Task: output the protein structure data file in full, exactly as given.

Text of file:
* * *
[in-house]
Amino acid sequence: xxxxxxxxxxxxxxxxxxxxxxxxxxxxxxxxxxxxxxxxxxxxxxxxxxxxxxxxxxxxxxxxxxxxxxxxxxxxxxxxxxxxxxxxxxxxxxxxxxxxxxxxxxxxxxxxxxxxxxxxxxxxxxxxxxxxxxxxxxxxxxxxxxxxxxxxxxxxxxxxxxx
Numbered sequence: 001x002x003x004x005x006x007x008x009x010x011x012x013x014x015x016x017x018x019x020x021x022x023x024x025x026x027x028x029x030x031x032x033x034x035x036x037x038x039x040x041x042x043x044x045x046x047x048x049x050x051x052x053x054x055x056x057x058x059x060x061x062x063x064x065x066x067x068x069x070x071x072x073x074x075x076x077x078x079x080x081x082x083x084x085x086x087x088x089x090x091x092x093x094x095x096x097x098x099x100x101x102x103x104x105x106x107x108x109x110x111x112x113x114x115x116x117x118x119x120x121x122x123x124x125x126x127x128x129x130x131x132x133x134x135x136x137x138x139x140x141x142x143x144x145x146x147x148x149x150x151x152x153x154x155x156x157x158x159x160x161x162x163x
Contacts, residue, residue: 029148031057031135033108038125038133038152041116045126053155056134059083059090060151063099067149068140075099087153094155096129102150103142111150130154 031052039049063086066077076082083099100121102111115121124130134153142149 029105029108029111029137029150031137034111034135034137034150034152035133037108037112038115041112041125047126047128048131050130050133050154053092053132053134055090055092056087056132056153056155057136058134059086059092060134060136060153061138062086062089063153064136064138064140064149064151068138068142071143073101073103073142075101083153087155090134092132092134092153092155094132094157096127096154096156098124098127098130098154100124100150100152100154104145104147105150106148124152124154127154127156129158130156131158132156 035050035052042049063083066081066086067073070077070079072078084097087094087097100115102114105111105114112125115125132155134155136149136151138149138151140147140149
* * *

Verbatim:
[in-house]
Amino acid sequence: xxxxxxxxxxxxxxxxxxxxxxxxxxxxxxxxxxxxxxxxxxxxxxxxxxxxxxxxxxxxxxxxxxxxxxxxxxxxxxxxxxxxxxxxxxxxxxxxxxxxxxxxxxxxxxxxxxxxxxxxxxxxxxxxxxxxxxxxxxxxxxxxxxxxxxxxxxxxxxxxxxx
Numbered sequence: 001x002x003x004x005x006x007x008x009x010x011x012x013x014x015x016x017x018x019x020x021x022x023x024x025x026x027x028x029x030x031x032x033x034x035x036x037x038x039x040x041x042x043x044x045x046x047x048x049x050x051x052x053x054x055x056x057x058x059x060x061x062x063x064x065x066x067x068x069x070x071x072x073x074x075x076x077x078x079x080x081x082x083x084x085x086x087x088x089x090x091x092x093x094x095x096x097x098x099x100x101x102x103x104x105x106x107x108x109x110x111x112x113x114x115x116x117x118x119x120x121x122x123x124x125x126x127x128x129x130x131x132x133x134x135x136x137x138x139x140x141x142x143x144x145x146x147x148x149x150x151x152x153x154x155x156x157x158x159x160x161x162x163x
Contacts, residue, residue: 029148031057031135033108038125038133038152041116045126053155056134059083059090060151063099067149068140075099087153094155096129102150103142111150130154 031052039049063086066077076082083099100121102111115121124130134153142149 029105029108029111029137029150031137034111034135034137034150034152035133037108037112038115041112041125047126047128048131050130050133050154053092053132053134055090055092056087056132056153056155057136058134059086059092060134060136060153061138062086062089063153064136064138064140064149064151068138068142071143073101073103073142075101083153087155090134092132092134092153092155094132094157096127096154096156098124098127098130098154100124100150100152100154104145104147105150106148124152124154127154127156129158130156131158132156 035050035052042049063083066081066086067073070077070079072078084097087094087097100115102114105111105114112125115125132155134155136149136151138149138151140147140149